Category Archives: Education and training
The Robert Wood Johnson Foundation (RWJF) has announced the nine state “Action Coalitions” that will share $2.7 million to advance strategies aimed at creating a more highly educated, diverse nursing workforce. The nine states that are receiving two-year, $300,000 grants through RWJF’s Academic Progression in Nursing (APIN) program are California, Hawaii, Massachusetts, Montana, New Mexico, New York, North Carolina, Texas, and Washington state. For each, this is the second two-year APIN grant and it will be used to continue encouraging strong partnerships between community colleges and universities to make it easier for nurses to transition to higher degrees.
In its groundbreaking 2010 report, The Future of Nursing: Leading Change, Advancing Health, the Institute of Medicine (IOM) recommended that 80 percent of the nursing workforce be prepared at the baccalaureate level or higher by the year 2020. Right now, about half the nurses in the United States have baccalaureate or higher degrees.
Physicians who have both doctor of medicine (MD) and master of business administration (MBA) degrees reported that their dual training had a positive professional impact, according to a study published online by Academic Medicine. The study, one of the first to assess MD/MBA graduates’ perceptions of how their training has affected their careers, focused on physician graduates from the MBA program in health care management at the University of Pennsylvania.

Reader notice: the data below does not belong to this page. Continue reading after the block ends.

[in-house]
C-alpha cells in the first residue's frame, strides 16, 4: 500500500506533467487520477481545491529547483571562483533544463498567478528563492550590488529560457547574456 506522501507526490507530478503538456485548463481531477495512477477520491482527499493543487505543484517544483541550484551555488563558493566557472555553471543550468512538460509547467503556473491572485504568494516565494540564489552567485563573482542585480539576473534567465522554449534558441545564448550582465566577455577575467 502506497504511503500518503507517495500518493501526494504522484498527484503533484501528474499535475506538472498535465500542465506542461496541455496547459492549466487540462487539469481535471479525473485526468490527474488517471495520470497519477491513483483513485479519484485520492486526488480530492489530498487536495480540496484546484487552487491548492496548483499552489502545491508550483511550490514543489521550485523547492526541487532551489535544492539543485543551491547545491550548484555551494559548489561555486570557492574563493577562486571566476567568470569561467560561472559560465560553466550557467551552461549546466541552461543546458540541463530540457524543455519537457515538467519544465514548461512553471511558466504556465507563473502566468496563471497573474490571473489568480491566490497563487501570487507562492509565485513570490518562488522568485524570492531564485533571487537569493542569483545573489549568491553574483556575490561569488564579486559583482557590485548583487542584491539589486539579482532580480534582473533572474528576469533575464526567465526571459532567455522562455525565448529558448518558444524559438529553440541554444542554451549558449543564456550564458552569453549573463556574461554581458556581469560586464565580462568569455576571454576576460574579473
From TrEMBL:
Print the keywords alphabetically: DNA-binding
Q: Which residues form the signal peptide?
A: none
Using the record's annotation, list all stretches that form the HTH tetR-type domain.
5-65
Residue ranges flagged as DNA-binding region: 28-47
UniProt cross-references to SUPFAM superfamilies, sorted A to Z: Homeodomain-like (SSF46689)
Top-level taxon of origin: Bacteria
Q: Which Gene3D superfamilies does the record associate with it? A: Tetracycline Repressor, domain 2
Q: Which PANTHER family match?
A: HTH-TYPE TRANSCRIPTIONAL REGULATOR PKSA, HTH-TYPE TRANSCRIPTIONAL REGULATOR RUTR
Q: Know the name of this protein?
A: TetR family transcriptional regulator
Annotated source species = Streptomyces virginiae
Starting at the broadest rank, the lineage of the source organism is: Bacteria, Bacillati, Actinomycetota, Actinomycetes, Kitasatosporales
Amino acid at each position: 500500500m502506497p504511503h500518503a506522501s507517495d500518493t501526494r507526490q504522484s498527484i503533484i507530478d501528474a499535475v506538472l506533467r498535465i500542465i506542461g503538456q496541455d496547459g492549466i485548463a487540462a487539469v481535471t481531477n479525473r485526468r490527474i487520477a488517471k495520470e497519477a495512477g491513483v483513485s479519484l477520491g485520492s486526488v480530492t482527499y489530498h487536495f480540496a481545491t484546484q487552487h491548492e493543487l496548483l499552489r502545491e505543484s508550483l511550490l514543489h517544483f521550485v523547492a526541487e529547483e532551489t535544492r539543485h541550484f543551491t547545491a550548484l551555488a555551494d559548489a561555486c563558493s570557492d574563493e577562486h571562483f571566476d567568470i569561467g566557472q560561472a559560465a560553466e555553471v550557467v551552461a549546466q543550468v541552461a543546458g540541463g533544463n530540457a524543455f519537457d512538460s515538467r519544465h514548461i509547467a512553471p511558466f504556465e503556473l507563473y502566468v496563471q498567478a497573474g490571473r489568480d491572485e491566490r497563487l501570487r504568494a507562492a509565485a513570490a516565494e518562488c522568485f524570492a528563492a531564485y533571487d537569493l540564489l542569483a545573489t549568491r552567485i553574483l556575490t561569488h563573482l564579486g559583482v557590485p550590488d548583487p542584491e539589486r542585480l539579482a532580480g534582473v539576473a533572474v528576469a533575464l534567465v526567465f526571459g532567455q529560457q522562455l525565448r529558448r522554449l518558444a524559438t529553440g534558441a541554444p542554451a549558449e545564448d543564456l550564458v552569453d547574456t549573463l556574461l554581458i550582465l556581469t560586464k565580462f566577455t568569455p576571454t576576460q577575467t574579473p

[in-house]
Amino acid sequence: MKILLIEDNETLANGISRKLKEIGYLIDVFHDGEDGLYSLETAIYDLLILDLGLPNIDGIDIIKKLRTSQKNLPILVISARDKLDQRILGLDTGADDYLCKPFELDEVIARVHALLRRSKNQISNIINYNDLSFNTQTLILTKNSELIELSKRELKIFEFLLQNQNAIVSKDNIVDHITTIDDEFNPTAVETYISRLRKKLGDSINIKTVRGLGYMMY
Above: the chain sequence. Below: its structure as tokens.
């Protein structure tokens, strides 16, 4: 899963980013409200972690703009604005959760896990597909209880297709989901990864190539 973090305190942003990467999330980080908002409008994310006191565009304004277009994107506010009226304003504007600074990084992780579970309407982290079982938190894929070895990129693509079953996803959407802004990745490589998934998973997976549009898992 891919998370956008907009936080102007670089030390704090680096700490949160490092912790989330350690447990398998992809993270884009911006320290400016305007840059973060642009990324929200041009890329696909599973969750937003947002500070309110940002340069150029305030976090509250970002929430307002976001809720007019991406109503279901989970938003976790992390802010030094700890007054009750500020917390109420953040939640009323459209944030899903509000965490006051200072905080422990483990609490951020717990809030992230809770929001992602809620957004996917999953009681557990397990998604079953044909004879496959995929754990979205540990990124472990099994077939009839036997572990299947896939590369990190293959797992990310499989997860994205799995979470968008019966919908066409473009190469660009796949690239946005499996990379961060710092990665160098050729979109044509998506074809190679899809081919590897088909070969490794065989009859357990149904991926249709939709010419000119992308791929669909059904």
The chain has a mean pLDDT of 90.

The MD was more often cited as conveying professional credibility, while 40 to 50 percent of respondents said the MBA conveyed leadership, management, and business skills. Respondents also cited multidisciplinary experience and improved communication between the medical and business worlds as benefits of the two degrees.
“Our findings may have significant implications for current and future physician-managers as the landscape of health care continues to change,” lead author Mitesh S. Patel, MD, MBA, a Robert Wood Johnson Foundation (RWJF) Clinical Scholar at the University of Pennsylvania, said in a news release. “A study published in 2009 found that among 6,500 hospitals in the United States, only 235 were run by physicians. Moving forward, changing dynamics triggered by national health care reform will likely require leaders to have a better balance between clinical care and business savvy. Graduates with MD and MBA training could potentially fill this growing need within the sector.”